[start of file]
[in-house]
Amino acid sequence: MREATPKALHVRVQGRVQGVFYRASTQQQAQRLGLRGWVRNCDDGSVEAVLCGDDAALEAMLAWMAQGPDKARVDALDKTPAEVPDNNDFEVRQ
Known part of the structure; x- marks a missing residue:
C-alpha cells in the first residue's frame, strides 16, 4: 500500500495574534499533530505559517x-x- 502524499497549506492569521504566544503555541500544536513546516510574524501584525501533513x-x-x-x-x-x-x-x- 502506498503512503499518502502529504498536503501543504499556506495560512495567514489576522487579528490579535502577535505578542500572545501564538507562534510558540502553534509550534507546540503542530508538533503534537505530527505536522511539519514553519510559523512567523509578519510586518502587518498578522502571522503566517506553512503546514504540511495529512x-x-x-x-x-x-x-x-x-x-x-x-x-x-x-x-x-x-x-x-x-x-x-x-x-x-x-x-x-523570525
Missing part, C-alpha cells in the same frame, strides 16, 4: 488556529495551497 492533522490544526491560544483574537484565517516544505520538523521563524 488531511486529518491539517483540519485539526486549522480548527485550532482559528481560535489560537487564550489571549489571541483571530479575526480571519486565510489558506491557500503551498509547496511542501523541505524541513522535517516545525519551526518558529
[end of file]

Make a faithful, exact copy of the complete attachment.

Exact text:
[in-house]
Amino acid sequence: MREATPKALHVRVQGRVQGVFYRASTQQQAQRLGLRGWVRNCDDGSVEAVLCGDDAALEAMLAWMAQGPDKARVDALDKTPAEVPDNNDFEVRQ
Known part of the structure; x- marks a missing residue:
C-alpha cells in the first residue's frame, strides 16, 4: 500500500495574534499533530505559517x-x- 502524499497549506492569521504566544503555541500544536513546516510574524501584525501533513x-x-x-x-x-x-x-x- 502506498503512503499518502502529504498536503501543504499556506495560512495567514489576522487579528490579535502577535505578542500572545501564538507562534510558540502553534509550534507546540503542530508538533503534537505530527505536522511539519514553519510559523512567523509578519510586518502587518498578522502571522503566517506553512503546514504540511495529512x-x-x-x-x-x-x-x-x-x-x-x-x-x-x-x-x-x-x-x-x-x-x-x-x-x-x-x-x-523570525
Missing part, C-alpha cells in the same frame, strides 16, 4: 488556529495551497 492533522490544526491560544483574537484565517516544505520538523521563524 488531511486529518491539517483540519485539526486549522480548527485550532482559528481560535489560537487564550489571549489571541483571530479575526480571519486565510489558506491557500503551498509547496511542501523541505524541513522535517516545525519551526518558529